Caroline Lawrence is well known for her hugely successful Roman Mysteries books, but this book is the second in a series set in the (very) wild west: the P.K. Pinkerton Mysteries. P.K. is a twelve year old whose foster parents were killed at the beginning of the first book. For the detail you need to go back and read The Case of the Deadly Desperadoes, but in brief, in that story P.K. avenges himself on the eponymous desperadoes, and in so doing, settles on a new career as a detective - despite his youth.
In this second book, he gets his first case, when he's asked to solve the murder of a Soiled Dove (Lady of the Night, good-time girl, call Short Sally what you will - but 'Soiled Dove' works so much better.) It's not easy: there are multiple suspects - who could believe there would be so many men in Virginia City fitting the description of the killer: tall and slim with a billy-goat beard? Not only that, but P.K. is also being chased by a couple of the gang who killed his foster parents - and, even worse, there are all these girls who want to kiss him, when he absolutely HATES being touched!
My Thorn is that people confound me. I am not good at reading people's faces & sometimes have trouble knowing if they are telling the truth or lying.
As well as my Thorn, I have some Foibles & Eccentricities.
One of my Foibles is that I get the Mulligrubs...
So - not perhaps obviously cut out to be a detective. But this is where his friends come in. For instance, Jace the poker player teaches him how to use body language to help him figure out if people are lying - and his foster mother has already taught him how to master a few basic facial expressions.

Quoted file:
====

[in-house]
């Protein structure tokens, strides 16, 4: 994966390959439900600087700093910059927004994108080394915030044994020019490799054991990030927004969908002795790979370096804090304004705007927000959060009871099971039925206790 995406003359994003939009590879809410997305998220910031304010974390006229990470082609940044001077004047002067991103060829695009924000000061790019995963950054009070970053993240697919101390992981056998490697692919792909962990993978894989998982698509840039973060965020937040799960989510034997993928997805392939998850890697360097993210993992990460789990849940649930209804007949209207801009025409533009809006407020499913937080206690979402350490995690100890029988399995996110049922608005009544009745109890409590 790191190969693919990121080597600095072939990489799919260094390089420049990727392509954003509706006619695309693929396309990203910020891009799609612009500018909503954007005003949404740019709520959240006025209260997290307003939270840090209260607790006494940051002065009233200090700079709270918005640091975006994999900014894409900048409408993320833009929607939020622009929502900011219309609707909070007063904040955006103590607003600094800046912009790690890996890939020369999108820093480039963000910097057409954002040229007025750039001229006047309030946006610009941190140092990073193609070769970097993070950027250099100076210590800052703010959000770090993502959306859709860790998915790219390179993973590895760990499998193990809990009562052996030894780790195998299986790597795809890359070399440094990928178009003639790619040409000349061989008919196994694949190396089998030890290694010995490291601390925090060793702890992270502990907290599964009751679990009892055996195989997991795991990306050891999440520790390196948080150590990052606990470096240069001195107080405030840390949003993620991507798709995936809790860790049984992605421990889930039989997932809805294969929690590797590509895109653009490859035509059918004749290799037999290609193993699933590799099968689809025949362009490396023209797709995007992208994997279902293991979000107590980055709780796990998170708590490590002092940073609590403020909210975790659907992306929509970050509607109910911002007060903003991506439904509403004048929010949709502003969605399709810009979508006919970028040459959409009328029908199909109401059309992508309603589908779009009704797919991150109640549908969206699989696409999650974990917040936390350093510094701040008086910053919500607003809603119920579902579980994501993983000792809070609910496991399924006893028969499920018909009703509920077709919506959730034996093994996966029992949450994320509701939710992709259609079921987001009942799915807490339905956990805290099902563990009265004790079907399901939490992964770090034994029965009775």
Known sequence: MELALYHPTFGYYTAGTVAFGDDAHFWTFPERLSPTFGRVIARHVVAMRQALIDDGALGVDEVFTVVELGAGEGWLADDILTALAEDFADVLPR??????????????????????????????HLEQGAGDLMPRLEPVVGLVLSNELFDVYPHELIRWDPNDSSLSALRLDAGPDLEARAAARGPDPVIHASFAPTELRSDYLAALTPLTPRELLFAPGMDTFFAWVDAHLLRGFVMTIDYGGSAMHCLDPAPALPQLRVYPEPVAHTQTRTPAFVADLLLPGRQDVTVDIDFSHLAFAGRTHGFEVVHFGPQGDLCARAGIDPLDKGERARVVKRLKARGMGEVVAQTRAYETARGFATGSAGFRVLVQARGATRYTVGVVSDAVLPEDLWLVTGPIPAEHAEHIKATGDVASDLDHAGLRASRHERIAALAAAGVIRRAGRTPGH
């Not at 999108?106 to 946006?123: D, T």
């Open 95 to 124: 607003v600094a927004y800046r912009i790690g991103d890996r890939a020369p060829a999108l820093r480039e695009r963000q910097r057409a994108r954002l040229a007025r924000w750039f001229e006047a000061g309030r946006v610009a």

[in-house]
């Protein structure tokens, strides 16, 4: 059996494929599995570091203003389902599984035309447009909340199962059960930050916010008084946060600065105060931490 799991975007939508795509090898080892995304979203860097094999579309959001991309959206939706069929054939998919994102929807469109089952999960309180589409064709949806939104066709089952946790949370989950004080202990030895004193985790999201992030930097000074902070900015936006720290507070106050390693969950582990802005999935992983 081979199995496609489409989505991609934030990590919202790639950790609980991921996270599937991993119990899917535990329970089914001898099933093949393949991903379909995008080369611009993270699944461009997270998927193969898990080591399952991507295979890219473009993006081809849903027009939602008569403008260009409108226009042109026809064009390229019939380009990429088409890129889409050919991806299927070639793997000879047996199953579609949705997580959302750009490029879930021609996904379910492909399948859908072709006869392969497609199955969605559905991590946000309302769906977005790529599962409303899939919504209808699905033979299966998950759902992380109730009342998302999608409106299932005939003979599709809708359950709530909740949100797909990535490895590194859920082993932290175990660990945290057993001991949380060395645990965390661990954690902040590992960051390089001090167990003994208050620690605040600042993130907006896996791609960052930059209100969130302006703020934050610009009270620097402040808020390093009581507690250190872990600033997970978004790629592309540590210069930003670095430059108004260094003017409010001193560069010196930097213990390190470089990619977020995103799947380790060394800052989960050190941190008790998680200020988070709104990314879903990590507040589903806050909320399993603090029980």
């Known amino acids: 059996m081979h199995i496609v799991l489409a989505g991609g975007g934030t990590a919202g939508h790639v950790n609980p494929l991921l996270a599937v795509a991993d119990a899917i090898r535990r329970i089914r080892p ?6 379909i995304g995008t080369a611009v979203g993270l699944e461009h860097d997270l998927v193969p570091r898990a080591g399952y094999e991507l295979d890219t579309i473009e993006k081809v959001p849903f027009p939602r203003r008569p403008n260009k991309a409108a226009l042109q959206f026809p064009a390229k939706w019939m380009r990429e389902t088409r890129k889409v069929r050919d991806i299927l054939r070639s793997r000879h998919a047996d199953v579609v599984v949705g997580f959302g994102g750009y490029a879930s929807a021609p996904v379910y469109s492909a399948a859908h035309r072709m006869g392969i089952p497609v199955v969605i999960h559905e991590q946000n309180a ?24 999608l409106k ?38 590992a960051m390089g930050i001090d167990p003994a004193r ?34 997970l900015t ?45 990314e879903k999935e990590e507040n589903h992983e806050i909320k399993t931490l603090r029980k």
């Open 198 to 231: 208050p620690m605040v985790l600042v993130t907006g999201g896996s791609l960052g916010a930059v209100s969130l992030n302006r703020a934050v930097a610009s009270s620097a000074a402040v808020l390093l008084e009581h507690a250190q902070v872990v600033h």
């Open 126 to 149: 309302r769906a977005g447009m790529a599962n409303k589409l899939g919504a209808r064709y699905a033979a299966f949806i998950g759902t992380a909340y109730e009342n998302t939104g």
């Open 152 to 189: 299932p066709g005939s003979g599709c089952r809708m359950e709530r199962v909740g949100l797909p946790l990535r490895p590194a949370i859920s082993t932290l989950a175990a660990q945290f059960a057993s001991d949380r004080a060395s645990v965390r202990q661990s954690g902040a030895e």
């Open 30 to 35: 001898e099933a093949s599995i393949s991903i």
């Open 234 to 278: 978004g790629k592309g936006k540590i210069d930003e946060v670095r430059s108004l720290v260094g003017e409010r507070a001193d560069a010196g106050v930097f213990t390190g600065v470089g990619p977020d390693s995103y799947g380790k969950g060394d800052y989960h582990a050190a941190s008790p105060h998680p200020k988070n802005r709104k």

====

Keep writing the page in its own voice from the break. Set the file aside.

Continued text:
This extract also demonstrates what is for me the second-best thing: the language. Caroline Lawrence uses original spellings, newly created expressions and a sprinkling of capital letters which somehow convey remarkably well both the atmosphere of a mid-19th century frontier town, and P.K.'s very serious approach to life.
The P.K. Pinkerton Mysteries are original, they're page turners - and they're very funny. I'd recommend them very, very strongly for readers of eight and up. Fun to read aloud, too, with each chapter the perfect length to read at a sitting.
The Case of the Good-Looking Corpse, by Caroline Lawrence: published by Orion at £9.99 (hardback)
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